I just received my new Canon 100mm USM autofocus macro lens. I took a bunch of pictures outdoors, but I'm getting really crazy shallow depth of field with the pictures that's making it really hard to see the object in the picture. See samples below. Is this how all macro lenses are, and I just have to get better with it? Also, I'm finding that autofocus has its limitations, and I can zoom in more with manual focus. Is this also a limitation? Anyway to fix the DOF problem? I was on manual focus most of the time-could this just be a focus issue?

Also, I'm using a Canon Rebel T3 on mostly automatic everything mode. Can DOF be controlled?



6 Answers 6


Depth of field decreases rapidly as you focus closer, what you're experiencing is common to all macro lenses. It can only be remedied by stopping the aperture right down, or by using focus stacking.

Autofocus is also commonly unreliable with macro photography the best approach is often to set the lens to its minimum focus distance and then move the camera back and forth to achieve focus.

If you're attempting handheld macro shots in daylight (which is quite doable) I would set the lens to manual focus and the camera to aperture priority at f/11, and then set the ISO in order to get a reasonable shutter speed of at least 1/200s. Finally, don't give up - macro photography is hard and there are far too many people on the net making it look easy!


The background and foreground focus is directly proportional to the focal plane distance. With macro lenses this is significantly closer and as such the angle that light can enter from areas in front of and behind the focal plane is greatly increased, as seen in this diagram.

Focal Plane


The closer you are focused to a subject the smaller DOF will become, so macro lenses do in fact have really narrow DOF as a general case.

For something like the whole wasp to be sharp, you probably needed to select something more like f/9 or even f/10 in terms of aperture.

That is also why some people have taken to focus stacking, where you take a range of shots with slightly different focus and combine them using special software.

  • 1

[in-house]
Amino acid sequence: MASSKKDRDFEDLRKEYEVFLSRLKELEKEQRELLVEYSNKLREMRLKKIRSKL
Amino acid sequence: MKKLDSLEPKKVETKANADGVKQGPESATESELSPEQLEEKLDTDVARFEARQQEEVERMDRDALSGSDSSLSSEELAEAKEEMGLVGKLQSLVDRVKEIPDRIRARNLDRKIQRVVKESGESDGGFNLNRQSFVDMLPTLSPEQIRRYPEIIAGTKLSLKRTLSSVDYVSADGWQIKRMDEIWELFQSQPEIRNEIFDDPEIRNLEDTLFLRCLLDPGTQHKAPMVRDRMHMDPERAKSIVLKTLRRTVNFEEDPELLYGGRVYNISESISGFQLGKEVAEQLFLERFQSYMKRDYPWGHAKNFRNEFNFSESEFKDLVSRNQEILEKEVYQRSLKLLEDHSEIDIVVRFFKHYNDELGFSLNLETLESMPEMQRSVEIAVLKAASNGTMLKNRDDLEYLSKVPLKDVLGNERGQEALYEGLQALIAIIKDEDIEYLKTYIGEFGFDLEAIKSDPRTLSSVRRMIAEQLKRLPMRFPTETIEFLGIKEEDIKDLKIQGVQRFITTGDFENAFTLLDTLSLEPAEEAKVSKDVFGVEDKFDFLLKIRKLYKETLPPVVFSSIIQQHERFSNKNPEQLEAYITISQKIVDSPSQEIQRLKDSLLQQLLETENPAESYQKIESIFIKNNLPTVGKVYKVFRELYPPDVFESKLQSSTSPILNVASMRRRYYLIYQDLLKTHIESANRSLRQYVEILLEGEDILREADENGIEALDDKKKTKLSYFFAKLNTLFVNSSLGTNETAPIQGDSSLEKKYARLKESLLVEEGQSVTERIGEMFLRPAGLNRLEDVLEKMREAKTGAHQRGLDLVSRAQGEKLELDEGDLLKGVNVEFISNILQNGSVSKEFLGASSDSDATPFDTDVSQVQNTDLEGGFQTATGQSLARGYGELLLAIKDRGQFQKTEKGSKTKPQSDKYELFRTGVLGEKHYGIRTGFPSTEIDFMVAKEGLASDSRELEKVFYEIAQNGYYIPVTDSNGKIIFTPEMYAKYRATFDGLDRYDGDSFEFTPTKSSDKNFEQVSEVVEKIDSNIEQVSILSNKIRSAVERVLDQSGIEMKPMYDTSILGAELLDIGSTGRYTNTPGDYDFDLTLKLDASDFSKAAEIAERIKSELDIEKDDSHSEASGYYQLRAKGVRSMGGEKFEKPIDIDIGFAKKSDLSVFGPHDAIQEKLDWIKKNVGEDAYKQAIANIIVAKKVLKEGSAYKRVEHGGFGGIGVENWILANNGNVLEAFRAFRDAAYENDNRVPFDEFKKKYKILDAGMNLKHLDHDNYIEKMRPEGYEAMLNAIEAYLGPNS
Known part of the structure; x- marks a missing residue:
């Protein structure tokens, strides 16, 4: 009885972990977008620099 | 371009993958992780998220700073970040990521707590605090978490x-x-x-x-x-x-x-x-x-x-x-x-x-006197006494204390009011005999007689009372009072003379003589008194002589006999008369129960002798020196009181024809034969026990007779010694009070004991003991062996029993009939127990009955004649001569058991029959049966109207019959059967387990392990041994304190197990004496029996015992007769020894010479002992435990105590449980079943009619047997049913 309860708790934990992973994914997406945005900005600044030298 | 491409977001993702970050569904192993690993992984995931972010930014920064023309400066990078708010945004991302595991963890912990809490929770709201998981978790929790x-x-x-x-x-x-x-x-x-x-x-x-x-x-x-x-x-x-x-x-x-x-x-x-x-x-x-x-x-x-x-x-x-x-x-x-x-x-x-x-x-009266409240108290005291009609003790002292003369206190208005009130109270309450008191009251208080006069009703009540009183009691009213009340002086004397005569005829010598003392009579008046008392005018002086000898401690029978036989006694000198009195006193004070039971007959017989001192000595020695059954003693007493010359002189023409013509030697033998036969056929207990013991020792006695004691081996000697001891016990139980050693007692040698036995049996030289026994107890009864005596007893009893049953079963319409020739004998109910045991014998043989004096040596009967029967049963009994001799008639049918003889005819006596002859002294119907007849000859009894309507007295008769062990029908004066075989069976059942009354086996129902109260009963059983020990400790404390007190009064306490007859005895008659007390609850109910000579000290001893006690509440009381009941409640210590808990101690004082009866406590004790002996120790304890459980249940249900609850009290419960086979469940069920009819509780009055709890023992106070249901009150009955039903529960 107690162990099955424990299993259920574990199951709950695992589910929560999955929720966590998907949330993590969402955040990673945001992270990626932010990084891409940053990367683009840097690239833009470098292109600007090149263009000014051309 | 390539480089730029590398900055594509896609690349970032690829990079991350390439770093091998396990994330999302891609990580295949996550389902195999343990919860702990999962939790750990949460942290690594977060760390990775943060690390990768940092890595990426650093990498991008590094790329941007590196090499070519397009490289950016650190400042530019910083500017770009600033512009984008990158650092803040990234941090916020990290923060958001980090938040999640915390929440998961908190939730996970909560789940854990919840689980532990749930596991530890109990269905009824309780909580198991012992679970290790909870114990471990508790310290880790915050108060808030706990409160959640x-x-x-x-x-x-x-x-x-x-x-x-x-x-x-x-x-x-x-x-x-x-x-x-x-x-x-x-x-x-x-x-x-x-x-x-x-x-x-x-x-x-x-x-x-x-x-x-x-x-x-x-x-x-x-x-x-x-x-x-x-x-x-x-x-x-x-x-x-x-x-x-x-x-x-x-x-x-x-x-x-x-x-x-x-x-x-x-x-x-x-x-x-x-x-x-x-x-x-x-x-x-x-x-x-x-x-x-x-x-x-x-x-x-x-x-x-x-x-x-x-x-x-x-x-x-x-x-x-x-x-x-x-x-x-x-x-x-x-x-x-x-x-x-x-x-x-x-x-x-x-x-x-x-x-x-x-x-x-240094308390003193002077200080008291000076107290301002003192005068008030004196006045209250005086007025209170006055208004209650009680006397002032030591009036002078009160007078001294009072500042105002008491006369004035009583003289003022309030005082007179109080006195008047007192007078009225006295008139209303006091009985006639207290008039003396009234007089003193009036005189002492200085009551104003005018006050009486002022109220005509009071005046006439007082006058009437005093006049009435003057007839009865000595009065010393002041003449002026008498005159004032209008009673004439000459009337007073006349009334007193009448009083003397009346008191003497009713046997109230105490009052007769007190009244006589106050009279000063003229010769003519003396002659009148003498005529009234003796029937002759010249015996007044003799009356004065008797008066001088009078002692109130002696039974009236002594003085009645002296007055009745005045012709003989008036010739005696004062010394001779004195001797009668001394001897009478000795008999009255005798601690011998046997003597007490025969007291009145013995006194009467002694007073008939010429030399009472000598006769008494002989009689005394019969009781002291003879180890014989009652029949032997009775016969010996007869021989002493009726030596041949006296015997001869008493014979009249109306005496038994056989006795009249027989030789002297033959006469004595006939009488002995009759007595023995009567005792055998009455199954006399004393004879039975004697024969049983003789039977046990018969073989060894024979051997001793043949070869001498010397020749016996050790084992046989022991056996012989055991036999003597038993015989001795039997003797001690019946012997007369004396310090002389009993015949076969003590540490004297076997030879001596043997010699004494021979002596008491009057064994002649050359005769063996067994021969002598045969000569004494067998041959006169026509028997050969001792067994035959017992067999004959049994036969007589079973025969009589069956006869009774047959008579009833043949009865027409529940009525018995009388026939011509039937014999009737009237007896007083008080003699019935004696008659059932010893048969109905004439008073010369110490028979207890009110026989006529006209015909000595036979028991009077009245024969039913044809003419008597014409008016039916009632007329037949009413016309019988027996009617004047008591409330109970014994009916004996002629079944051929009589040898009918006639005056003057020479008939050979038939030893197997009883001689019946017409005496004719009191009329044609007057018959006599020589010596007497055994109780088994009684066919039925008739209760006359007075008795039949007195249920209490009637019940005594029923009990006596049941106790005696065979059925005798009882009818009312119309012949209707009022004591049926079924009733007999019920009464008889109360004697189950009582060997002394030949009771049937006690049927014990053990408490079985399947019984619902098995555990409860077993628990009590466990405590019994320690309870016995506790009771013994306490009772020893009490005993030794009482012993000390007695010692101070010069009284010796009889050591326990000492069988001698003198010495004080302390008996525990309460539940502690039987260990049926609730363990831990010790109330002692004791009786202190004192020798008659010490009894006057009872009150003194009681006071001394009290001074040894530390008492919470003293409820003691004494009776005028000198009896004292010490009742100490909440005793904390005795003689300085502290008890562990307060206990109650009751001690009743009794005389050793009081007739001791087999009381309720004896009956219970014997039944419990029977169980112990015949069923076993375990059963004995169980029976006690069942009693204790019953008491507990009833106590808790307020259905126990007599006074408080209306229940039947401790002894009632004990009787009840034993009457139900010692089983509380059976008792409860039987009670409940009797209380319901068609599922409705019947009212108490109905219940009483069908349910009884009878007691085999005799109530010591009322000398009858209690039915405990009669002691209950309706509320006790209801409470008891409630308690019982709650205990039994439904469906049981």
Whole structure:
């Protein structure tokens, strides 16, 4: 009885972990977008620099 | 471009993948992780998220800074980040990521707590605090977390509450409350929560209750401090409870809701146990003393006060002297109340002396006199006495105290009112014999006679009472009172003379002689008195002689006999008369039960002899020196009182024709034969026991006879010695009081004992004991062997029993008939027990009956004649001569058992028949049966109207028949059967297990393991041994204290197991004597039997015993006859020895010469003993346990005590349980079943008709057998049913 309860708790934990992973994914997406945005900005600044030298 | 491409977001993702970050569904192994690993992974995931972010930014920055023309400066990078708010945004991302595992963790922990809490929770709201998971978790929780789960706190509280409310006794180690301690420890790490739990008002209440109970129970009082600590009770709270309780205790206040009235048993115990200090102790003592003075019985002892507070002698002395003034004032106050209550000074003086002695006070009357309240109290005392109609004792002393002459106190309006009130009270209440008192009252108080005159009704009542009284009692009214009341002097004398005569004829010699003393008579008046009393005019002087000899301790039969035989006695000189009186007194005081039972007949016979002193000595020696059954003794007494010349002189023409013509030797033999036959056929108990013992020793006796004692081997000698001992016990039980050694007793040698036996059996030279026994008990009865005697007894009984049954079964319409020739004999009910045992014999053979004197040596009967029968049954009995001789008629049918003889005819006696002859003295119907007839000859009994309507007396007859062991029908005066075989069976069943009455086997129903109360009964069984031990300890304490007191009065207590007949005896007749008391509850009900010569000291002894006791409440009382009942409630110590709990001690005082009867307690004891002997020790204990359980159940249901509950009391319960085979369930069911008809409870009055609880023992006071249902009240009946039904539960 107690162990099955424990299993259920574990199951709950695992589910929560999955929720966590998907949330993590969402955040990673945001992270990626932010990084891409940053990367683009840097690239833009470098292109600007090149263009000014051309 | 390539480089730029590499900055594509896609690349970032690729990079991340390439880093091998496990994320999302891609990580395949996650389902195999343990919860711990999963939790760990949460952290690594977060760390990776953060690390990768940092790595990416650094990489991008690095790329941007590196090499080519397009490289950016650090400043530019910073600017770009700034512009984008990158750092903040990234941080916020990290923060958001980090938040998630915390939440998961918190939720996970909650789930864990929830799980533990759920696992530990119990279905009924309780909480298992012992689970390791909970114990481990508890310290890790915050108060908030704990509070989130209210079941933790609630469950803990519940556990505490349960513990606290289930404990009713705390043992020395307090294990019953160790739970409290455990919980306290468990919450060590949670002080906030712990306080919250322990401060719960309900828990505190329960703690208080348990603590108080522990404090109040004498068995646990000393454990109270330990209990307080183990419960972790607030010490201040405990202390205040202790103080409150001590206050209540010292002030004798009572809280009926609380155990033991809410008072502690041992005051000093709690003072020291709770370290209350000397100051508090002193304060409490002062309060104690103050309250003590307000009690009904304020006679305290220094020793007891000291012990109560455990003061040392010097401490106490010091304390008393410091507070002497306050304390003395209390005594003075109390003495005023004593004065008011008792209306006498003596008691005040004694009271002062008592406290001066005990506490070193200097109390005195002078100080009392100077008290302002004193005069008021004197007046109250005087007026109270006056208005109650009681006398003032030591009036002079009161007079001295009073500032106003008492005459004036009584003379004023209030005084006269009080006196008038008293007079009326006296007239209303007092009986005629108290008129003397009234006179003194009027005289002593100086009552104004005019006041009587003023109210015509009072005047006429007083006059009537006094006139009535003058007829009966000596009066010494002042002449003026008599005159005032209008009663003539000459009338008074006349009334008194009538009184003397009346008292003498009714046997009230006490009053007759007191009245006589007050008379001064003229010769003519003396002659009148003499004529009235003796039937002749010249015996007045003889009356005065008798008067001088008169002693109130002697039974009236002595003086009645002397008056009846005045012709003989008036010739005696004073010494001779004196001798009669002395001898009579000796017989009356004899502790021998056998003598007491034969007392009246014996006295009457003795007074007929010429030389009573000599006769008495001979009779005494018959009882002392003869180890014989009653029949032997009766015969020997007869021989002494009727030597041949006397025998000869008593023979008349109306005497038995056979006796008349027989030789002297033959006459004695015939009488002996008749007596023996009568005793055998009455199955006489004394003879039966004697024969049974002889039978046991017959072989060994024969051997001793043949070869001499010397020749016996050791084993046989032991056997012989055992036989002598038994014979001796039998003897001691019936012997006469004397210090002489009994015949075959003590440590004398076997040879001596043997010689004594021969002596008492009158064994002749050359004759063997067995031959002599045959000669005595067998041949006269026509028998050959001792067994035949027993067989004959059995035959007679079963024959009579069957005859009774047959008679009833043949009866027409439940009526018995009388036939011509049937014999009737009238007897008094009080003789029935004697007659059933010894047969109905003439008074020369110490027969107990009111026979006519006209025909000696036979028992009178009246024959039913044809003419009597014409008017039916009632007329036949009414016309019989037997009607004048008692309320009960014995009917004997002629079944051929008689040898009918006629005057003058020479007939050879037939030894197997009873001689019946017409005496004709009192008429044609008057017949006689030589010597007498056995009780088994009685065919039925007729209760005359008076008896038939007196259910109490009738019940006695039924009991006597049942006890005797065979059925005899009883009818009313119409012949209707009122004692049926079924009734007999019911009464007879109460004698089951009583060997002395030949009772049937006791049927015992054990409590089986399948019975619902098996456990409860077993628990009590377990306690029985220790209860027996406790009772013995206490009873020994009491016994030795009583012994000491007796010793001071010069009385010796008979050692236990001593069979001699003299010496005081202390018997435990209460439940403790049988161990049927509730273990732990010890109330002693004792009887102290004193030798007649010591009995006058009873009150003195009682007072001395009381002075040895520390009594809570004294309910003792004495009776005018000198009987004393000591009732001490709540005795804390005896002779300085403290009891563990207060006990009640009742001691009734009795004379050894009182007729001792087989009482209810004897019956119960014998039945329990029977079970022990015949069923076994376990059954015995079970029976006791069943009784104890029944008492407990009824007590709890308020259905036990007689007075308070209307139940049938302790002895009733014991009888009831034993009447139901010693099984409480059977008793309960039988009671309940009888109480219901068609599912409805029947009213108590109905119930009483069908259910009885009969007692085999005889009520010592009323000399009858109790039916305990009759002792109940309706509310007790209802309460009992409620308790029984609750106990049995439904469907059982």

\$\begingroup\$ The reason why people focus stack versus stopping down is because of diffraction, which decreasing sharpness after a point, and sometimes due to the loss of exposure (e.g. must increase exposure time or ISO). \$\endgroup\$
    – eruditass
    Jul 14, 2011 at 0:11
  • \$\begingroup\$ Right, but even if diffraction were not an issue there's a hard limit a lot of lenses have - say f/22 - which you can go way beyond in terms of effective DOF with focus stacking. \$\endgroup\$ Jul 14, 2011 at 3:35

All of the EXIF/IPTC data has been stripped from the wasp photo so I have no way of seeing what the aperture setting was, but increasing the aperture will increase the depth of field in your images. I would guess that the wasp photo was taken at about f/4 when f/11 may have given you a better result.

Here is a good explanation http://www.cambridgeincolour.com/tutorials/depth-of-field.htm

Here are some examples of different aperture settings in action http://www.digicamguides.com/learn/aperture-examples.html

  • \$\begingroup\$ Set it to Av (Aperture priority) and step it down to f10 or higher. The but do read the explanation above. \$\endgroup\$
    – maxfridbe
    Jul 13, 2011 at 23:35

You have two things that are decreasing your depth of field: First, you are using a mild telephoto lens. Second, and more importantly, your distance to the subject is far less than in a normal shooting situation. The result is that your depth of field can be as shallow as 1/4" with this lens. It's perfectly normal.

I have this lens and the L-Series 100mm macro and they are great lenses. They just take a bit of practice to use. Once you know to expect that beautiful shallow DOF, you'll be able to work with it. Nice images, BTW.


Shallow DOF in macro is completely normal. At 1:1, you will find yourself needing to shoot at f/16 or even higher just to get your subject (i.e. a bug) in focus.

This is why a tripod is often necessary, as are additional sources of light (e.g. macro ring light) - to flood the scene with enough light so that you can shoot handheld.

Checking the DOF by stopping down the lens isn't helpful because at f/16 or higher the viewfinder image becomes so dark as to make it hard to discern.

AF in macro is very hard. With my 150/2.8 macro, I always focus by hand to get the focal plane just where I want it.


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